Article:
Our secular society has given birth to the Statistics God, and It is alive and well in the Bank of England, HM Treasury, and the Met Office. Furthermore, the Crab’s Statistics God is the biggest con-artist of all.
Financial, Economic, and Climate models are all based upon one idea: provide copious amounts of data and then derive a mathematical formula that provides a line of best fit so it can be extended into the future and a prediction made. But the con is that the accuracy of that mathematical formula is never rigorously tested; because, as new data is fed-in for a further ‘projection,’ the formula is recalculated! In other words: every mathematical prediction has been proven to be untrue once new data has been gathered…
@irgarner So how are those old projections working-out for you -- given that they are all devoid of the most recent 9 year's data?..— Ted Pugh (@tedpugh) July 4, 2013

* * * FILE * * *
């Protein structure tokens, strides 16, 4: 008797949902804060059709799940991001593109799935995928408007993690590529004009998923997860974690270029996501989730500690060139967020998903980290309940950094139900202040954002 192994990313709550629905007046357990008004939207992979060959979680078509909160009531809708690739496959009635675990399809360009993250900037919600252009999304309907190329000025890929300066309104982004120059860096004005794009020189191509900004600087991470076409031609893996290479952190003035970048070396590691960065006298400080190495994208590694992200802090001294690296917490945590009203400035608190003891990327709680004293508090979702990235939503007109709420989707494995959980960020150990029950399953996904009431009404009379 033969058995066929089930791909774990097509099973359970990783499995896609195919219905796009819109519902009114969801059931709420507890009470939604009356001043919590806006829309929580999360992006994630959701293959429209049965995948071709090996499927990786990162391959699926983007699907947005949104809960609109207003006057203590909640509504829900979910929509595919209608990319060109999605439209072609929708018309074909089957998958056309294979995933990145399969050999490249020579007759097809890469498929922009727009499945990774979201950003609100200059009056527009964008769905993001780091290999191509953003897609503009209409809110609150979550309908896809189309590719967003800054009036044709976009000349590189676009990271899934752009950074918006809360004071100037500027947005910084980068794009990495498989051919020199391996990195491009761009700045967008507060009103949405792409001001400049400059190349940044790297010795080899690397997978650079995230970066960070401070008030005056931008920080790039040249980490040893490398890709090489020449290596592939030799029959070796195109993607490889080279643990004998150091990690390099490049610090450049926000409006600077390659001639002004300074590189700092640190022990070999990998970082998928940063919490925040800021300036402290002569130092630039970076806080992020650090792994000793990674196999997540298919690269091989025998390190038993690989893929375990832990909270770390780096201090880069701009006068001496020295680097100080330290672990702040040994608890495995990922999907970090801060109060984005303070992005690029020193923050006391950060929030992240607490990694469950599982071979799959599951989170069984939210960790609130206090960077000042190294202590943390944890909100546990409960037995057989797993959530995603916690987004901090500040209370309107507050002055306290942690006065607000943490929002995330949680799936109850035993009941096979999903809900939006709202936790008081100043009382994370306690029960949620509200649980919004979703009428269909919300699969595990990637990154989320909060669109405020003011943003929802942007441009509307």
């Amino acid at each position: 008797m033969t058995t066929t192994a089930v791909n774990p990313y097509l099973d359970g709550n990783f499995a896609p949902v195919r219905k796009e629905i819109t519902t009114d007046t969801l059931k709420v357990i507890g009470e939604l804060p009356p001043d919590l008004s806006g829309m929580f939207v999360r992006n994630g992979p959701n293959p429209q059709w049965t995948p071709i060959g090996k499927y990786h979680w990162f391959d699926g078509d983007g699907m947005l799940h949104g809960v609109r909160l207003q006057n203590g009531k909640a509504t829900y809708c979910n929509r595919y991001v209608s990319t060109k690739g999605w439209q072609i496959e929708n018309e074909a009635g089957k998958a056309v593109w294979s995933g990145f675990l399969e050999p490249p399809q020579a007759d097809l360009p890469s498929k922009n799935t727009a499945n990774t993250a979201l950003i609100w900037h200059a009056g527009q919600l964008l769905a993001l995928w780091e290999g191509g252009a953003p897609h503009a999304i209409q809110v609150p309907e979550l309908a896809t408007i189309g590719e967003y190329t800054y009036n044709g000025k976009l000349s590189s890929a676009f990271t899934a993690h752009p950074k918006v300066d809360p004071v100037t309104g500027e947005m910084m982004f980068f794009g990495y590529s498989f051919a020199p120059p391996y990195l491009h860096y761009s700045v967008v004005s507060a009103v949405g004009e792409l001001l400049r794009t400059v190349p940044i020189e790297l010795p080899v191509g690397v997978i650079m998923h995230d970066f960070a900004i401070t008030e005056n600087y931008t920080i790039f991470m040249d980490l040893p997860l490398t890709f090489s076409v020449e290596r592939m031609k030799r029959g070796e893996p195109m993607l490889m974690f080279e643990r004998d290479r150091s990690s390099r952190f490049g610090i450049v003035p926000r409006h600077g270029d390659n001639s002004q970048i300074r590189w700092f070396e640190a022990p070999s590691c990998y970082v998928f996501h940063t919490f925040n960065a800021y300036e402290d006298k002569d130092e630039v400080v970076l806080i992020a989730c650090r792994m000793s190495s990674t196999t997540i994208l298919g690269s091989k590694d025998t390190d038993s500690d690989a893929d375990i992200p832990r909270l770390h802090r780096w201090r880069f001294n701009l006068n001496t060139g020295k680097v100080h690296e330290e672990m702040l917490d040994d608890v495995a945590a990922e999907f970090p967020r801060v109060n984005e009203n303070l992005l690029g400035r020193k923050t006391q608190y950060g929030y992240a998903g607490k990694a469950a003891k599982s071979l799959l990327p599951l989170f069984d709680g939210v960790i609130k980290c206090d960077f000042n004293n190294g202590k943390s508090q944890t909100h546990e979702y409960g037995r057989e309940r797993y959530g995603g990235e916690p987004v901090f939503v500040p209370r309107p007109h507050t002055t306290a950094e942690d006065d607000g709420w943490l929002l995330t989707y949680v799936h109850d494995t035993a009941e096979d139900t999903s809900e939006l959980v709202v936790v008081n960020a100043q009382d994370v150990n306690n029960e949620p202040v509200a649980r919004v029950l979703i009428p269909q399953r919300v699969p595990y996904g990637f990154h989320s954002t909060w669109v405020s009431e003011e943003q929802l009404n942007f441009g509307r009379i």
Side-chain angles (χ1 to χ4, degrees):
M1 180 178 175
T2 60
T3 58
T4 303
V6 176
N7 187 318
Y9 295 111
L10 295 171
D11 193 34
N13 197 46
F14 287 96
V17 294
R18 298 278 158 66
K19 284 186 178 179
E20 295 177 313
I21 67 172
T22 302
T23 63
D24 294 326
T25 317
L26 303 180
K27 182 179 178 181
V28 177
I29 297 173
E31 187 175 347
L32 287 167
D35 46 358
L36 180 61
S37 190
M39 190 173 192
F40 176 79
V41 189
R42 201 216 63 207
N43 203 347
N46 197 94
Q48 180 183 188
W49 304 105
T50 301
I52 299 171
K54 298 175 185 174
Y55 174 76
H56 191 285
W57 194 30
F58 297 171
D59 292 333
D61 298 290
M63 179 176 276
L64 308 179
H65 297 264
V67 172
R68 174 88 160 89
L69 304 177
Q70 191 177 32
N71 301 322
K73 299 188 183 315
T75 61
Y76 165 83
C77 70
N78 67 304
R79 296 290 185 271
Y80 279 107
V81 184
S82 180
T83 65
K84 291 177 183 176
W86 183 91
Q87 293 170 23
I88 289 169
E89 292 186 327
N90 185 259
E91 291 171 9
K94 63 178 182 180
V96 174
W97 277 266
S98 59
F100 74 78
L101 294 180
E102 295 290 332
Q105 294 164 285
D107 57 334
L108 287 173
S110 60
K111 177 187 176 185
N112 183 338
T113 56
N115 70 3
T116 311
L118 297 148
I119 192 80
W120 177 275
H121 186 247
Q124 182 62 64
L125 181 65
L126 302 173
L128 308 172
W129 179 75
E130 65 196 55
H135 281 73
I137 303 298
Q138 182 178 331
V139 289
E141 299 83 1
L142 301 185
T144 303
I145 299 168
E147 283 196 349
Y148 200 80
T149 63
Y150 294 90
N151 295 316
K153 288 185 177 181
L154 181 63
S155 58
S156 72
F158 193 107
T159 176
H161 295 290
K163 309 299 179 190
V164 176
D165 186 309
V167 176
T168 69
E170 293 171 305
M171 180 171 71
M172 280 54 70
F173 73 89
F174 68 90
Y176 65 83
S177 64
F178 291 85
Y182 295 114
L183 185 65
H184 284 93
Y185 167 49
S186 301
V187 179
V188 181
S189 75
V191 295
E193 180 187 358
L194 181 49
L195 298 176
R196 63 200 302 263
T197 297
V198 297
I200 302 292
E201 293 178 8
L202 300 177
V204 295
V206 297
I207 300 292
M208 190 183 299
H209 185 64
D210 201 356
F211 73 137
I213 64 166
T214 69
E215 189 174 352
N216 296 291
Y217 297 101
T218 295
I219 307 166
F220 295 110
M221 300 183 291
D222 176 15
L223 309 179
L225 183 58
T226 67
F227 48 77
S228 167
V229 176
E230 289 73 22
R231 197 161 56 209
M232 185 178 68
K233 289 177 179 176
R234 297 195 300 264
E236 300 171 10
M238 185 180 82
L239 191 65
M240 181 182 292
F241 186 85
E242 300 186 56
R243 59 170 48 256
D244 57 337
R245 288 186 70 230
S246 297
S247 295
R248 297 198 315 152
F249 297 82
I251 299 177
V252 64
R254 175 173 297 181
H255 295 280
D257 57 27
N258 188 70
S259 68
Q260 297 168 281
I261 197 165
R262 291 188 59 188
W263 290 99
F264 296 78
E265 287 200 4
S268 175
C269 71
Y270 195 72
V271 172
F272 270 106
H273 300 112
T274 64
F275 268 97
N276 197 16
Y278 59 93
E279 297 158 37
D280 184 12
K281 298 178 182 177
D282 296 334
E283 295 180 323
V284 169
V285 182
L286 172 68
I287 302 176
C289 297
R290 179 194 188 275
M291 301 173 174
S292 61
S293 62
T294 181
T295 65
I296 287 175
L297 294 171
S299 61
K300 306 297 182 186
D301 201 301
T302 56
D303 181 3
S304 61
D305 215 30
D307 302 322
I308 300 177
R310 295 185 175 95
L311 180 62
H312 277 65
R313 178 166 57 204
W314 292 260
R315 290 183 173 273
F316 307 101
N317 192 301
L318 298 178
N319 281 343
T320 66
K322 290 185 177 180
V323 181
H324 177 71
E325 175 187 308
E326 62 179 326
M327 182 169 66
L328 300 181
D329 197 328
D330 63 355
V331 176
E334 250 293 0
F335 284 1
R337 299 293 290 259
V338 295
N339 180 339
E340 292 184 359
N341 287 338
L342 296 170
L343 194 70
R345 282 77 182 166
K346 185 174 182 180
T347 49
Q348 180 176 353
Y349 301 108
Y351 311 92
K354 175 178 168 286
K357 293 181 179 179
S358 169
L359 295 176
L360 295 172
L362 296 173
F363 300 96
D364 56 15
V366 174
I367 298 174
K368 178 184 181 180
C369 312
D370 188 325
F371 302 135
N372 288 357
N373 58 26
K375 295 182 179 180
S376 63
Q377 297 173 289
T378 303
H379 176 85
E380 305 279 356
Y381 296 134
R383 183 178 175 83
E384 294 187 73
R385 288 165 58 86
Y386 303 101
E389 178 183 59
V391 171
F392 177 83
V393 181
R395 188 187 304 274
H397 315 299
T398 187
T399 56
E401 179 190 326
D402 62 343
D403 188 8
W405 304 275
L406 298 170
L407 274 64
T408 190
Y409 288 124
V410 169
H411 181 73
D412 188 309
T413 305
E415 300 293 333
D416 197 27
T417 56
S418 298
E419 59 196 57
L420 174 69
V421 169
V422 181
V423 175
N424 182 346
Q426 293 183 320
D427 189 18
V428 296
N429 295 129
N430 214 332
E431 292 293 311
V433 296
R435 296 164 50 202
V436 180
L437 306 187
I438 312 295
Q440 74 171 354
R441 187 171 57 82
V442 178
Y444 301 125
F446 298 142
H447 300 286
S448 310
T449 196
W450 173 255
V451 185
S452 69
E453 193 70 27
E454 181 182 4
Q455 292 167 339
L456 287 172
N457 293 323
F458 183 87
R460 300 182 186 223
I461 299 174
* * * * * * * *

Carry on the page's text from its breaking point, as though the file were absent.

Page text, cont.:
The fact is: humanity has never given-up studying animal entrails in an effort to predict the future: it is just more humane in its methods and has taken to referring to its predictions as facts – but they are not…
The only mathematical facts that can be trusted are those produced by an honest accountant – and the EU’s accounts have not been signed-off for the past twenty years (which just so happens to incorporate much of the data from which that 2005 report was derived).
So I ask myself, and my readers: just how dumb can a PhD student be?..